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Involvement of transducer of regulated cAMP response element-binding protein activity on corticotropin releasing hormone transcription

MPG-Autoren
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Liu,  Yuhong
Department of Cell Physiology, Max Planck Institute for Medical Research, Max Planck Society;

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Grinevich,  Valery
Department of Molecular Neurobiology, Max Planck Institute for Medical Research, Max Planck Society;

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Zitation

Liu, Y., Coello, A. G., Grinevich, V., & Aguilera, G. (2010). Involvement of transducer of regulated cAMP response element-binding protein activity on corticotropin releasing hormone transcription. Endocrinology, 151(3), 1109-1118. doi:10.1210/en.2009-0963.


Zitierlink: http://hdl.handle.net/11858/00-001M-0000-002C-59FB-7
Zusammenfassung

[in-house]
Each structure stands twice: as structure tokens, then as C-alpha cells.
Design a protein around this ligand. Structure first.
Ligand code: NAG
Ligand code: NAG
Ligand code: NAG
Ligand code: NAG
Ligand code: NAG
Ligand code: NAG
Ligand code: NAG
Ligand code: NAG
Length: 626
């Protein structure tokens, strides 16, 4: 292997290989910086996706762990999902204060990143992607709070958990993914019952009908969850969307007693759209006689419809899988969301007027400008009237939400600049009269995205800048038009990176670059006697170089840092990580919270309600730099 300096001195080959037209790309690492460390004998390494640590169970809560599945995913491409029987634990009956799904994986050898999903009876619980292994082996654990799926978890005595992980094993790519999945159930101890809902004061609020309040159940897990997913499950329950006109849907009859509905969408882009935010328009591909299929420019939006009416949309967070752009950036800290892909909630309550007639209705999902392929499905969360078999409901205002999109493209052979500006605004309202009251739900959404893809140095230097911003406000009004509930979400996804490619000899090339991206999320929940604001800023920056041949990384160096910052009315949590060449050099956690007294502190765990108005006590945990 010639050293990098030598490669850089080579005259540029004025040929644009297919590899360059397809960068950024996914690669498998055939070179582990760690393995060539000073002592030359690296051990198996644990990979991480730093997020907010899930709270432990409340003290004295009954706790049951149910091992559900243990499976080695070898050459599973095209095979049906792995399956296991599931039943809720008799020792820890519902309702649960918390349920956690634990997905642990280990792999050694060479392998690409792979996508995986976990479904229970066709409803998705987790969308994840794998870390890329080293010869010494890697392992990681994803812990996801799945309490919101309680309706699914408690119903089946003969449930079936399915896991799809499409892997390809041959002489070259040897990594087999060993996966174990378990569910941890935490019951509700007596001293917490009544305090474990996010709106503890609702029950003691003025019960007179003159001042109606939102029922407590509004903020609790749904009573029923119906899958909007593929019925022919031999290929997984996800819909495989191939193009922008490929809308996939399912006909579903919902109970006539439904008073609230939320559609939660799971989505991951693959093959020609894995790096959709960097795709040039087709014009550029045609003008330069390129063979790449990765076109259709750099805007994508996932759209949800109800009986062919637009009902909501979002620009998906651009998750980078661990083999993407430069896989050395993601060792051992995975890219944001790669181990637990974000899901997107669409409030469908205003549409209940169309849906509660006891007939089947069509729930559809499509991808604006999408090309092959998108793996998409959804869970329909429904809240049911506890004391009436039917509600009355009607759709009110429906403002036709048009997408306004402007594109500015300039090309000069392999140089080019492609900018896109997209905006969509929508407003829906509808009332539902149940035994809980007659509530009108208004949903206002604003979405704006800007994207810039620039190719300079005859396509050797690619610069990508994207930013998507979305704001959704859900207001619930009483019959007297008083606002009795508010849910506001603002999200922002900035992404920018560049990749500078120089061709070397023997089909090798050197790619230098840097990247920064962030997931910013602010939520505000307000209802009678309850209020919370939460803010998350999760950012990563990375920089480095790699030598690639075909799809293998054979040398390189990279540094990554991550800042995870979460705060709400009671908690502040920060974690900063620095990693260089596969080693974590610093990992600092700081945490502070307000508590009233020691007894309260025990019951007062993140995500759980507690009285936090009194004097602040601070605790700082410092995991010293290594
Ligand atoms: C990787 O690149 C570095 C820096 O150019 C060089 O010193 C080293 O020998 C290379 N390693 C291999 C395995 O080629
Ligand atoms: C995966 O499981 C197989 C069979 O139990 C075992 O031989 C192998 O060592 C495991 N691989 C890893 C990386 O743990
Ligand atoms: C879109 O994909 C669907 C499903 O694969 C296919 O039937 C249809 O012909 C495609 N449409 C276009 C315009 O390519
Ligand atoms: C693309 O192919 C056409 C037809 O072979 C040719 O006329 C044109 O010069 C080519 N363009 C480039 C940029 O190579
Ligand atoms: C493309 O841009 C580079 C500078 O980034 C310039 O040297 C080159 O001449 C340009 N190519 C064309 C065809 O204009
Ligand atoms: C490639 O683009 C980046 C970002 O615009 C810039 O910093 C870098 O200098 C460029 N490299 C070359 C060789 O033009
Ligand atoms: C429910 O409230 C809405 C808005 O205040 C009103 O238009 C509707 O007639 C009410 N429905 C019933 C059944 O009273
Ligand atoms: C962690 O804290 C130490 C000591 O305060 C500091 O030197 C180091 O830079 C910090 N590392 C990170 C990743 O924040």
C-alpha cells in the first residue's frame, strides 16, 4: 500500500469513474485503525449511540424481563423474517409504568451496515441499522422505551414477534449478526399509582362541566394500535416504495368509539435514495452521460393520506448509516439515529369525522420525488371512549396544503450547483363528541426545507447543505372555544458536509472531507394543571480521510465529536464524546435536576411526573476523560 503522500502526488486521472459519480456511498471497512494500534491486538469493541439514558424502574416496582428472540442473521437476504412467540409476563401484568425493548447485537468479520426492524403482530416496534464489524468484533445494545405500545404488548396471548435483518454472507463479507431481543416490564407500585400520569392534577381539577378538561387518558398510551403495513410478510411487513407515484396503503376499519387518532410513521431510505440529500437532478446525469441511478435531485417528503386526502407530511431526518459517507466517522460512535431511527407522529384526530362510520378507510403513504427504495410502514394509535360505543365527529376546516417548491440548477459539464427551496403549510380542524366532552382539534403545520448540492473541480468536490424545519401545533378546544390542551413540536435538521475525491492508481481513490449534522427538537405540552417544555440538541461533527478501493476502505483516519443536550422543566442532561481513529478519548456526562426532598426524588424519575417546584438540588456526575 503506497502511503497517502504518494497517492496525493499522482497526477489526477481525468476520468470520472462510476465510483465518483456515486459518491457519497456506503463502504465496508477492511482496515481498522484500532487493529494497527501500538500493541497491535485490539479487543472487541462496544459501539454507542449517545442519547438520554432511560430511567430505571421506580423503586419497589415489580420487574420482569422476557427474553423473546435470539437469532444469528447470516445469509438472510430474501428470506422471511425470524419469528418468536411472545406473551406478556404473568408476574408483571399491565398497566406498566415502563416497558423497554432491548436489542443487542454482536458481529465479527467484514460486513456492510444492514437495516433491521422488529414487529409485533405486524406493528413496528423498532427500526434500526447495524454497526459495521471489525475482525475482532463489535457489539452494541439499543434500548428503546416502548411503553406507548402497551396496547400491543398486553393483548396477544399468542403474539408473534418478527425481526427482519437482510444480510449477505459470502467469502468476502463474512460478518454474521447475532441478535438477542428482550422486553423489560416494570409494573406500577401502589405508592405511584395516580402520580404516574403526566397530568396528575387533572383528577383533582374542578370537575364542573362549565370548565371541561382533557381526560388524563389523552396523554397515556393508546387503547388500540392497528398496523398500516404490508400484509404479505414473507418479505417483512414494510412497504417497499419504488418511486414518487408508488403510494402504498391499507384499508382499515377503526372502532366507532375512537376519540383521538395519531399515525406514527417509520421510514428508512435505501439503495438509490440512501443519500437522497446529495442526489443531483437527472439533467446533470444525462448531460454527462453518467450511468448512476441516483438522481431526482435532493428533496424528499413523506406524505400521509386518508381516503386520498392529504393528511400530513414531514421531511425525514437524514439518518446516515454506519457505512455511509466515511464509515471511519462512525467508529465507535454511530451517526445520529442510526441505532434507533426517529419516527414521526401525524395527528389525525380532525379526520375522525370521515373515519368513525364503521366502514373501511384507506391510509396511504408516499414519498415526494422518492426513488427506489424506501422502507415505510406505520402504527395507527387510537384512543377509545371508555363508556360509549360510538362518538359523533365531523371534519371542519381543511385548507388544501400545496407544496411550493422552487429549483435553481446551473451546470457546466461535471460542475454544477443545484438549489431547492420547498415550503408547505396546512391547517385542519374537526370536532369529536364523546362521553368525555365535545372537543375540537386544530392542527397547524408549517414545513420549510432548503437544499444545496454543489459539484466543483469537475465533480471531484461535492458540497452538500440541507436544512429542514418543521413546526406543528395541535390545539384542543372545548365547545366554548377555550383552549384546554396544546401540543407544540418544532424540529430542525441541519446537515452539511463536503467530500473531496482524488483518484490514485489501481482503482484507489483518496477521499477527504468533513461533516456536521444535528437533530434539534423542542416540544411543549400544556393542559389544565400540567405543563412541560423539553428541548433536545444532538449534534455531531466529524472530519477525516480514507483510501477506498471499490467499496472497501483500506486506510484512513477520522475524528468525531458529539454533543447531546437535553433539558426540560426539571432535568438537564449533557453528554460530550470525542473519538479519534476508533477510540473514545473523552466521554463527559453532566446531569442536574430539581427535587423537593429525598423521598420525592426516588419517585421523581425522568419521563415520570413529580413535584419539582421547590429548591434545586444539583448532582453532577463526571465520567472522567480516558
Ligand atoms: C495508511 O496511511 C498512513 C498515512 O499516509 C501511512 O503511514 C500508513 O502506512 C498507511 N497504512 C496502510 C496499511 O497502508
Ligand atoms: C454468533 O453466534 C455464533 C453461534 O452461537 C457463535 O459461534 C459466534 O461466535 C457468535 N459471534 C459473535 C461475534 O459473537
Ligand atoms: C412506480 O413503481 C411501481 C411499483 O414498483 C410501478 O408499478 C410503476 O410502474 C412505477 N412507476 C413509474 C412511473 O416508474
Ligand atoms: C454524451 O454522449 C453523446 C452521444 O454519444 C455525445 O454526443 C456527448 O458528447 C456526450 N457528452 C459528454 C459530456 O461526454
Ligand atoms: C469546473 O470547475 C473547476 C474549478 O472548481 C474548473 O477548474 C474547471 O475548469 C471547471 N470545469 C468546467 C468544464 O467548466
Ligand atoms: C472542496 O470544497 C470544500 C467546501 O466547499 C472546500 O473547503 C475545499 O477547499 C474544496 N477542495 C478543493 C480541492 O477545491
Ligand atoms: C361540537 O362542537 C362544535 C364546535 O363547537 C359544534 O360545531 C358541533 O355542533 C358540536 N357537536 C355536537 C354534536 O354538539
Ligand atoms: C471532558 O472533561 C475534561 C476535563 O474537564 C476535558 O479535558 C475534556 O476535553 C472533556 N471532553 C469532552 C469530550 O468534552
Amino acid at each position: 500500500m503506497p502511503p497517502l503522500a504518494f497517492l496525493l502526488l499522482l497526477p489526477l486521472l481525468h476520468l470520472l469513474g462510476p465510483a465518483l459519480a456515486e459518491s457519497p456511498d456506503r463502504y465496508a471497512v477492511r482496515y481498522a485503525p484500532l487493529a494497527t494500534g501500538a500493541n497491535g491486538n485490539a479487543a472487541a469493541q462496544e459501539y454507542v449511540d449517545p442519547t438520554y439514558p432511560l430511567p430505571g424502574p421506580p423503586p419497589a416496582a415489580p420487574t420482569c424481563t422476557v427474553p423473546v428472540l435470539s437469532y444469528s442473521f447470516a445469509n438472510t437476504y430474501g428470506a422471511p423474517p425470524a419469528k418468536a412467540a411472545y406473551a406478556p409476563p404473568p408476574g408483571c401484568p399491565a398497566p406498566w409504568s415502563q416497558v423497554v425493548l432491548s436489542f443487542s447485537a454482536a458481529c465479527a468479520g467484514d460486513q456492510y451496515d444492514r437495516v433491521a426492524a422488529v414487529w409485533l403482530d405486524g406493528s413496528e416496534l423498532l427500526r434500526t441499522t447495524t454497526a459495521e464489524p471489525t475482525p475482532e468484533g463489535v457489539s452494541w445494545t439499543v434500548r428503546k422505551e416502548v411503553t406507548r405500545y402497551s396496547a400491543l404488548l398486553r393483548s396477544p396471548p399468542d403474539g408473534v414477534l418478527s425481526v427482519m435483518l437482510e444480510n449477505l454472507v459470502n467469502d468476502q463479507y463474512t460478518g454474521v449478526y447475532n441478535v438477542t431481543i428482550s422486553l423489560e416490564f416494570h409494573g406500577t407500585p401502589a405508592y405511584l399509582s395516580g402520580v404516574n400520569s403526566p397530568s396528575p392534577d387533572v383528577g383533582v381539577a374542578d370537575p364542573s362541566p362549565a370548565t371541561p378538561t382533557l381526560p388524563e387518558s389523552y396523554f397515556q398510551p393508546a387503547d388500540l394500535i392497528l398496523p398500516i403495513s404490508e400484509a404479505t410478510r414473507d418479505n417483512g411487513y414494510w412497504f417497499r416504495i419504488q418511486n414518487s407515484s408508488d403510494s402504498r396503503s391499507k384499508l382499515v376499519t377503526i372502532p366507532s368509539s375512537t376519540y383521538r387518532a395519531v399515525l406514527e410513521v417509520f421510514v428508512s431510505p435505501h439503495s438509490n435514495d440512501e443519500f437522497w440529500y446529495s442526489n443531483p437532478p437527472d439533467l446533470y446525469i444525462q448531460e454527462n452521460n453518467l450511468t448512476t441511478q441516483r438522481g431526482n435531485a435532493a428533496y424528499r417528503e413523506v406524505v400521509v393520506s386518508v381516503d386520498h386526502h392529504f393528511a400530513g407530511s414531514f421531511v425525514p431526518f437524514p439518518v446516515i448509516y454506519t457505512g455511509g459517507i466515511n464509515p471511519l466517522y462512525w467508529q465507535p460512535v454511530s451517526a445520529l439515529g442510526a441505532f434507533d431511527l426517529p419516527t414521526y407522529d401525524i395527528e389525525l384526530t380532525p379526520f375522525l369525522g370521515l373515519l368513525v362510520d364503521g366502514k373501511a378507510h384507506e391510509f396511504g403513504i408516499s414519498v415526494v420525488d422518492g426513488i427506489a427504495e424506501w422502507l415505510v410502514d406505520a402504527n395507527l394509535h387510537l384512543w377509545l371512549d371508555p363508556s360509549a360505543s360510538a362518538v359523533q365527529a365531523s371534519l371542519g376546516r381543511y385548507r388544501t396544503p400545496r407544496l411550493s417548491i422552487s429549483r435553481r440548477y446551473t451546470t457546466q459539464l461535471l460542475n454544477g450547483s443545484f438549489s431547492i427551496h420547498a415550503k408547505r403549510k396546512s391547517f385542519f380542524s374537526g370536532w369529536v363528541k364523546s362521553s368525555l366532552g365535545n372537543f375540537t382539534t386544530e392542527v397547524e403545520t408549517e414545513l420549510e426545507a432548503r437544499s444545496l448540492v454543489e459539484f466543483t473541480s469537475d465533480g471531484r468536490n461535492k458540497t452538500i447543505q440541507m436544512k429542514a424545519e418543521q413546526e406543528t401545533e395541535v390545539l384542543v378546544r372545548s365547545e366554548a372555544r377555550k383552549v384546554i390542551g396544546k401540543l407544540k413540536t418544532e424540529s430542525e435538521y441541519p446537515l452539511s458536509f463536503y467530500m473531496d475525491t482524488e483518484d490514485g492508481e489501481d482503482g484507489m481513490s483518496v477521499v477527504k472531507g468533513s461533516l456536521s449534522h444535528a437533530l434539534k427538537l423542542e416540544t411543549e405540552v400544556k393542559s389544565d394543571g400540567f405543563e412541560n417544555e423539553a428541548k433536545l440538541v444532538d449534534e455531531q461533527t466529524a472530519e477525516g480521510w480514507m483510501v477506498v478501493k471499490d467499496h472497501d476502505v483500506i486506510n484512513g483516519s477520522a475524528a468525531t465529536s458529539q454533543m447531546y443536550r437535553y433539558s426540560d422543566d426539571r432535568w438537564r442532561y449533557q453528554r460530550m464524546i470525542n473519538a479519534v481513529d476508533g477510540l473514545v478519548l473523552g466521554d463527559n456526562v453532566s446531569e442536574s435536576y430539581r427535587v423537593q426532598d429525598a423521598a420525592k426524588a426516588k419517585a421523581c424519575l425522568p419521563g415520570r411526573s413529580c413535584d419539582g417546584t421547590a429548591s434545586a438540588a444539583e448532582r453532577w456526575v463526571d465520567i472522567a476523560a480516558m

We have recently shown that phospho-cAMP response element-binding protein (CREB) is essential but not sufficient for activation of CRH transcription, suggesting the requirement of a coactivator. Here, we test the hypothesis that the CREB coactivator, transducer of regulated CREB activity (TORC), is required for activation of CRH transcription, using the cell line 4B and primary cultures of hypothalamic neurons. Immunohistochemistry and Western blot experiments in 4B cells revealed time-dependent nuclear translocation of TORC1,TORC 2, and TORC3 by forskolin [but not by the phorbol ester, phorbol 12-myristate 13-acetate (PMA)] in a concentration-dependent manner. In reporter gene assays, cotransfection of TORC1 or TORC2 potentiated the stimulatory effect of forskolin on CRH promoter activity but had no effect in cells treated with PMA. Knockout of endogenous TORC using silencing RNA markedly inhibited forskolin-activated CRH promoter activity in 4B cells, as well as the induction of endogenous CRH primary transcript by forskolin in primary neuronal cultures. Coimmunoprecipitation and chromatin immunoprecipitation experiments in 4B cells revealed association of CREB and TORC in the nucleus, and recruitment of TORC2 by the CRH promoter, after 20-min incubation with forskolin. These studies demonstrate a correlation between nuclear translocation of TORC with association to the CRH promoter and activation of CRH transcription. The data suggest that TORC is required for transcriptional activation of the CRH promoter by acting as a CREB coactivator. In addition, cytoplasmic retention of TORC during PMA treatment is likely to explain the failure of phorbolesters to activate CRH transcription in spite of efficiently phosphorylating CREB.